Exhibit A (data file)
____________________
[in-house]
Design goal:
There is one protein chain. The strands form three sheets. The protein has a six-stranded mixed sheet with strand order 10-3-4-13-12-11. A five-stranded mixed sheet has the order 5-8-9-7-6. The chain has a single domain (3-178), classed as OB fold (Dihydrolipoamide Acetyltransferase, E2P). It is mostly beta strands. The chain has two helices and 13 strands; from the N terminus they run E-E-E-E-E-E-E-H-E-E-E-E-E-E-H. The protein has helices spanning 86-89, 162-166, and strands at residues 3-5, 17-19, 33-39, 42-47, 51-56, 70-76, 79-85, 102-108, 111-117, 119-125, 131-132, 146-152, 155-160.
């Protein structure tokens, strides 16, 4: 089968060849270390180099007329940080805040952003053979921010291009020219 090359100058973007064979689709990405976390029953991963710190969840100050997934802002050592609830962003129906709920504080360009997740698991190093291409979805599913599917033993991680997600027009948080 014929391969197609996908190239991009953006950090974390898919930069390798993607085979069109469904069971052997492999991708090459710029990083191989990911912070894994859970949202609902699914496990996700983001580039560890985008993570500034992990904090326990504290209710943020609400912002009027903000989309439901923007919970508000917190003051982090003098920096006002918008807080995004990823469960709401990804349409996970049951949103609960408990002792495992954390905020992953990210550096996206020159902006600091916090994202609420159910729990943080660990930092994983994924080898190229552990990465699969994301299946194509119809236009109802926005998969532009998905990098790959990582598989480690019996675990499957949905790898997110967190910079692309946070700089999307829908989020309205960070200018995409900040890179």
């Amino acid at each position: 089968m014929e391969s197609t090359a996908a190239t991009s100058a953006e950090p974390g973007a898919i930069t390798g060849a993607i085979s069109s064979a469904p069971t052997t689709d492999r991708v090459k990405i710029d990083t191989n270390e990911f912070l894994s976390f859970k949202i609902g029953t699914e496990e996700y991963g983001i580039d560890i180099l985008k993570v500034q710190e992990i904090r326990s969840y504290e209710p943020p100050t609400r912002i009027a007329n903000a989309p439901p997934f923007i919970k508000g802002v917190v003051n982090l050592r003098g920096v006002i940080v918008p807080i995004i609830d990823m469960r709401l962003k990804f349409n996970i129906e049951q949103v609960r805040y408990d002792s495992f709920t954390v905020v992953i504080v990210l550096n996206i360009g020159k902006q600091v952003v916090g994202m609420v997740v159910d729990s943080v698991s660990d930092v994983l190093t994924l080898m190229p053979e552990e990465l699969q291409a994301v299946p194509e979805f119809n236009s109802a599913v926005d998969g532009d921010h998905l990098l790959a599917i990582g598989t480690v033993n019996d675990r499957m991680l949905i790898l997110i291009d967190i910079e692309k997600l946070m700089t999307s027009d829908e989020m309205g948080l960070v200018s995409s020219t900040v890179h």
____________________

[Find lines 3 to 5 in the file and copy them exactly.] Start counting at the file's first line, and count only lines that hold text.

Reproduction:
There is one protein chain. The strands form three sheets. The protein has a six-stranded mixed sheet with strand order 10-3-4-13-12-11. A five-stranded mixed sheet has the order 5-8-9-7-6. The chain has a single domain (3-178), classed as OB fold (Dihydrolipoamide Acetyltransferase, E2P). It is mostly beta strands. The chain has two helices and 13 strands; from the N terminus they run E-E-E-E-E-E-E-H-E-E-E-E-E-E-H. The protein has helices spanning 86-89, 162-166, and strands at residues 3-5, 17-19, 33-39, 42-47, 51-56, 70-76, 79-85, 102-108, 111-117, 119-125, 131-132, 146-152, 155-160.
């Protein structure tokens, strides 16, 4: 089968060849270390180099007329940080805040952003053979921010291009020219 090359100058973007064979689709990405976390029953991963710190969840100050997934802002050592609830962003129906709920504080360009997740698991190093291409979805599913599917033993991680997600027009948080 014929391969197609996908190239991009953006950090974390898919930069390798993607085979069109469904069971052997492999991708090459710029990083191989990911912070894994859970949202609902699914496990996700983001580039560890985008993570500034992990904090326990504290209710943020609400912002009027903000989309439901923007919970508000917190003051982090003098920096006002918008807080995004990823469960709401990804349409996970049951949103609960408990002792495992954390905020992953990210550096996206020159902006600091916090994202609420159910729990943080660990930092994983994924080898190229552990990465699969994301299946194509119809236009109802926005998969532009998905990098790959990582598989480690019996675990499957949905790898997110967190910079692309946070700089999307829908989020309205960070200018995409900040890179």
């Amino acid at each position: 089968m014929e391969s197609t090359a996908a190239t991009s100058a953006e950090p974390g973007a898919i930069t390798g060849a993607i085979s069109s064979a469904p069971t052997t689709d492999r991708v090459k990405i710029d990083t191989n270390e990911f912070l894994s976390f859970k949202i609902g029953t699914e496990e996700y991963g983001i580039d560890i180099l985008k993570v500034q710190e992990i904090r326990s969840y504290e209710p943020p100050t609400r912002i009027a007329n903000a989309p439901p997934f923007i919970k508000g802002v917190v003051n982090l050592r003098g920096v006002i940080v918008p807080i995004i609830d990823m469960r709401l962003k990804f349409n996970i129906e049951q949103v609960r805040y408990d002792s495992f709920t954390v905020v992953i504080v990210l550096n996206i360009g020159k902006q600091v952003v916090g994202m609420v997740v159910d729990s943080v698991s660990d930092v994983l190093t994924l080898m190229p053979e552990e990465l699969q291409a994301v299946p194509e979805f119809n236009s109802a599913v926005d998969g532009d921010h998905l990098l790959a599917i990582g598989t480690v033993n019996d675990r499957m991680l949905i790898l997110i291009d967190i910079e692309k997600l946070m700089t999307s027009d829908e989020m309205g948080l960070v200018s995409s020219t900040v890179h």